As far as I can tell the thread fits the MO profile in that it's asking for something pretty specific, and it is the kind of thing that gets discussed at a department tea time. It's a little unusual and not specifically a mathematics research question, but it is of concern to mathematics research community.

    It's possible the thread could be perceived as "taking sides" in an internal departmental squabble. That could be a reason for eventually closing the thread. But I don't know enough about the story.
    • CommentAuthoran_mo_user
    • CommentTimeApr 27th 2011
    @Ryan Budney, thank you for this technical remark, I was not aware of this (I only knew that it was possible to delete question, even if there is already some answer; that there is some threshold did not occur to me).

    I view of this I modify my request to the questioner to: at least please edit out all the specific details of the situation and ask this as an abstract question.

    Regarding the second point 'departmental tea' and 'specific': yes, but so are all, or at least many, of the requests one could summarize as 'life as a gradute student' and any number of question. Where however a frequent answer at least by some is 'this is a fine discussion for "departmental tea" or "over a beer in a pub" but not on MO.'
    Why is this different here? (This is what I would say even if the question was only formulated abstractly; actually, most likely I would not have said as at the moment I'd prefer to stay out of this and such discussions.)

    But, to me this is really a very special situation. Namely, what is the main purpose of this question:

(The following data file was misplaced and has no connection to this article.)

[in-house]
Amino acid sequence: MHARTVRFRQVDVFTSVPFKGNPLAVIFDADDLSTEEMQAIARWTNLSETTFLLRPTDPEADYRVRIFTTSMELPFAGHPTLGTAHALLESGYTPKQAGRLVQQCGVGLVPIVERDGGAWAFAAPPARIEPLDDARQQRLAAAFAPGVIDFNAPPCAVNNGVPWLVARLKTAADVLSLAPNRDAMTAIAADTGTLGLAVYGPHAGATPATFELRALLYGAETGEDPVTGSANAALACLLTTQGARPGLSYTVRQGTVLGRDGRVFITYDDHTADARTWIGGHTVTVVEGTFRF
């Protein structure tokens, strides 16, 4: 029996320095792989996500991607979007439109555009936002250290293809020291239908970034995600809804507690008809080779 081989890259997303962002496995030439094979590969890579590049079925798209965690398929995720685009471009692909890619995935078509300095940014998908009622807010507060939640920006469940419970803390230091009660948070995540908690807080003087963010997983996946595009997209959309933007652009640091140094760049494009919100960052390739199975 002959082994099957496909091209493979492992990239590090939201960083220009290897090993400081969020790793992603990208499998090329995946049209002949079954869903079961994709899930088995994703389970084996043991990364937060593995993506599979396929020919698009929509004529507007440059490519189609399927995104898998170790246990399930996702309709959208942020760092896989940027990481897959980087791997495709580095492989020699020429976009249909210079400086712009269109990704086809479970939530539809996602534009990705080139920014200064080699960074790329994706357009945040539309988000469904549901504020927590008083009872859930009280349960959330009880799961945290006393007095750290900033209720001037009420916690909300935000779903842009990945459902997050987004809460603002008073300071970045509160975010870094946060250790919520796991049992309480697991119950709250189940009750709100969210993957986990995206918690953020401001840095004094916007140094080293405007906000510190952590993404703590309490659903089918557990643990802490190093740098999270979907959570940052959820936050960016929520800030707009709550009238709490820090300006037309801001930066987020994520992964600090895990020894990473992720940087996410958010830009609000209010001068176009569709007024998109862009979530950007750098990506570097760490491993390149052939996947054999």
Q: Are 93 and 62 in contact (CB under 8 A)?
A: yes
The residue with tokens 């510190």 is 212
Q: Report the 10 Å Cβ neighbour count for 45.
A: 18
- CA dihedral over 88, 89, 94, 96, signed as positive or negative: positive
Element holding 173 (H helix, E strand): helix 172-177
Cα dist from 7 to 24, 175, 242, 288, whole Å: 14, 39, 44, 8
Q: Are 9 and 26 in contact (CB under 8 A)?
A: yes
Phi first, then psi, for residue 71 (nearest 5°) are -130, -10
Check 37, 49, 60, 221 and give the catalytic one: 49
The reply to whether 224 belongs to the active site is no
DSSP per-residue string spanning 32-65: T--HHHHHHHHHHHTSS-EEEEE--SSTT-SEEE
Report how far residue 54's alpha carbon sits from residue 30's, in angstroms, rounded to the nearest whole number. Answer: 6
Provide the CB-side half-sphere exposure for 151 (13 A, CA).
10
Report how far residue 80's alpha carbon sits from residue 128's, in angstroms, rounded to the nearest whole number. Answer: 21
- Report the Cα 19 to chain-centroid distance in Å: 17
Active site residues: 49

a. To actually get useful advice on what to do in such a situation (in general).

    b. To draw attention to the specific problem and the related petition.

    And, I feel extremely uneasy about some comments suggesting one cannot or should not vote to close somehow out of human reasons.

    And, why are all the names of the people in the question; this adds nothing but making it very difficult to deal with the question. Those that know the affected individuals somewhat will know this anyway, and those that even only very vaguely now them would be able to find out (in case they care) given a rough description of the problem.

    Actually, I wanted to write something more moderate at first, but now on rereading I see that the petition is not only mentioned, but the question explictily asks to sign it!

    I can imagine to participate in a site of this form with quite a wide spectrum of subjects (in the details),
    but not a place that gives a large forum to political campaigns of a group of individuals! And this is a political campaign even if it is science/research/math politics and on a small scale. If this is not part of a campaign, what else is this?

    Whether the cause is just and the goal noble, is not the question; this is question of principle for me.
    (And, so to say, I do pure math at a university for a living myself, since about a decade and hope to do so for some more; so I am certainly all in favor of pure math at universities.)

    To address some potential counter arguments right away: yes, it is wise to allow exceptions to such principles, but only under truly extreme circumstances; and, with all respect for the problems this can cause for the affected individuals, but I am sorry a couple of people loosing their job over a scientific reorientation of a depertment are not truly extreme circumstances.

    And, I was under the firm impression that 'no politics' position was consensus and not an extreme minority position as it seems at the moment; for example, I recall this gun control statistics question, which was more indirect in its goal (though yes also less related to mathematics) and it was quite clear this is not appreciated on the site.